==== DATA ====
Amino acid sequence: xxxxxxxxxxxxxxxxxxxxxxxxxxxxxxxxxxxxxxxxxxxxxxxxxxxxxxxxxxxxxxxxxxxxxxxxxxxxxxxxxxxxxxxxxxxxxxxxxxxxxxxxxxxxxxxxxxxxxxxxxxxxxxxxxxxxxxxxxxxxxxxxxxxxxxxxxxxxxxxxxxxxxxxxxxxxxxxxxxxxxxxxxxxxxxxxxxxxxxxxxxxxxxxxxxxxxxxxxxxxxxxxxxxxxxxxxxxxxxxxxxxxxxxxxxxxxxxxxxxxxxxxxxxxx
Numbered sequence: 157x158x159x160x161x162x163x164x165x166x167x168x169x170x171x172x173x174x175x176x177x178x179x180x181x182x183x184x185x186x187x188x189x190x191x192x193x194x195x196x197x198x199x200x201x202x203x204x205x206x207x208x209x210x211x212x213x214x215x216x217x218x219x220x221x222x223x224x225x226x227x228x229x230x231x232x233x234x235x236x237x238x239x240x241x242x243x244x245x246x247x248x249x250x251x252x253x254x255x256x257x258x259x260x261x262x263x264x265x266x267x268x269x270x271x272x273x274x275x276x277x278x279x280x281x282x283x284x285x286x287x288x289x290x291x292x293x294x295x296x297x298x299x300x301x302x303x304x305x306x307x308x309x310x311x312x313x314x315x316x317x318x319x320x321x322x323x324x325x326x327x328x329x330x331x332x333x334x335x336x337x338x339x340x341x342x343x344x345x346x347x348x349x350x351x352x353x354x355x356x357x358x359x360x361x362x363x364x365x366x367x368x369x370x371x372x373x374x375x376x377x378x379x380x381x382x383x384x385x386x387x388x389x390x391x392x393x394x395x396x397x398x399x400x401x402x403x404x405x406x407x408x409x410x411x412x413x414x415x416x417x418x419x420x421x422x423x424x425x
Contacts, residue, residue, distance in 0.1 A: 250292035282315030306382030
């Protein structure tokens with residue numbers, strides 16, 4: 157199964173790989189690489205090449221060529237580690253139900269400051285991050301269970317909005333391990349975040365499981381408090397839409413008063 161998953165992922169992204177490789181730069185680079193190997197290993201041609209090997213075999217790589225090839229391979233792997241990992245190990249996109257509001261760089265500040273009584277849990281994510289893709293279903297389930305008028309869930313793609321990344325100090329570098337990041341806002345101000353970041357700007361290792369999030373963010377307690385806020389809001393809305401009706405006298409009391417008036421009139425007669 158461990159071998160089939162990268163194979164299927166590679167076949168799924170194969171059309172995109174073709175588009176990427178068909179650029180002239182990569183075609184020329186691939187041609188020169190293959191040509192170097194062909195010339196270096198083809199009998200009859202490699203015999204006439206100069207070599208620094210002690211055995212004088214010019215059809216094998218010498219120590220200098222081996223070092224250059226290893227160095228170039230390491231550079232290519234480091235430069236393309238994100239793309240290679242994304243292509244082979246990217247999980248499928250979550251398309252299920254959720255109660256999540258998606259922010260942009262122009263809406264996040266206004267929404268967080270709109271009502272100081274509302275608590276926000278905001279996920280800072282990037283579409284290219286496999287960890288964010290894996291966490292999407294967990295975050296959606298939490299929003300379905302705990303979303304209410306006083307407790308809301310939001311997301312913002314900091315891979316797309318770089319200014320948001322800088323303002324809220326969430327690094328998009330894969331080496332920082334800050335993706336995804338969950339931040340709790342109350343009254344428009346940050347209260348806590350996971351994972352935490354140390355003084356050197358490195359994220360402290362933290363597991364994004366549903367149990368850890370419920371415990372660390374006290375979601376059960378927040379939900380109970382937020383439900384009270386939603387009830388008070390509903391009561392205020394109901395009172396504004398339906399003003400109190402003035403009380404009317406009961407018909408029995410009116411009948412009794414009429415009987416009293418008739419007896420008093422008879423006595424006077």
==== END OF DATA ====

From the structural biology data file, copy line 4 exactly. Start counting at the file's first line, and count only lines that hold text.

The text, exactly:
């Protein structure tokens with residue numbers, strides 16, 4: 157199964173790989189690489205090449221060529237580690253139900269400051285991050301269970317909005333391990349975040365499981381408090397839409413008063 161998953165992922169992204177490789181730069185680079193190997197290993201041609209090997213075999217790589225090839229391979233792997241990992245190990249996109257509001261760089265500040273009584277849990281994510289893709293279903297389930305008028309869930313793609321990344325100090329570098337990041341806002345101000353970041357700007361290792369999030373963010377307690385806020389809001393809305401009706405006298409009391417008036421009139425007669 158461990159071998160089939162990268163194979164299927166590679167076949168799924170194969171059309172995109174073709175588009176990427178068909179650029180002239182990569183075609184020329186691939187041609188020169190293959191040509192170097194062909195010339196270096198083809199009998200009859202490699203015999204006439206100069207070599208620094210002690211055995212004088214010019215059809216094998218010498219120590220200098222081996223070092224250059226290893227160095228170039230390491231550079232290519234480091235430069236393309238994100239793309240290679242994304243292509244082979246990217247999980248499928250979550251398309252299920254959720255109660256999540258998606259922010260942009262122009263809406264996040266206004267929404268967080270709109271009502272100081274509302275608590276926000278905001279996920280800072282990037283579409284290219286496999287960890288964010290894996291966490292999407294967990295975050296959606298939490299929003300379905302705990303979303304209410306006083307407790308809301310939001311997301312913002314900091315891979316797309318770089319200014320948001322800088323303002324809220326969430327690094328998009330894969331080496332920082334800050335993706336995804338969950339931040340709790342109350343009254344428009346940050347209260348806590350996971351994972352935490354140390355003084356050197358490195359994220360402290362933290363597991364994004366549903367149990368850890370419920371415990372660390374006290375979601376059960378927040379939900380109970382937020383439900384009270386939603387009830388008070390509903391009561392205020394109901395009172396504004398339906399003003400109190402003035403009380404009317406009961407018909408029995410009116411009948412009794414009429415009987416009293418008739419007896420008093422008879423006595424006077």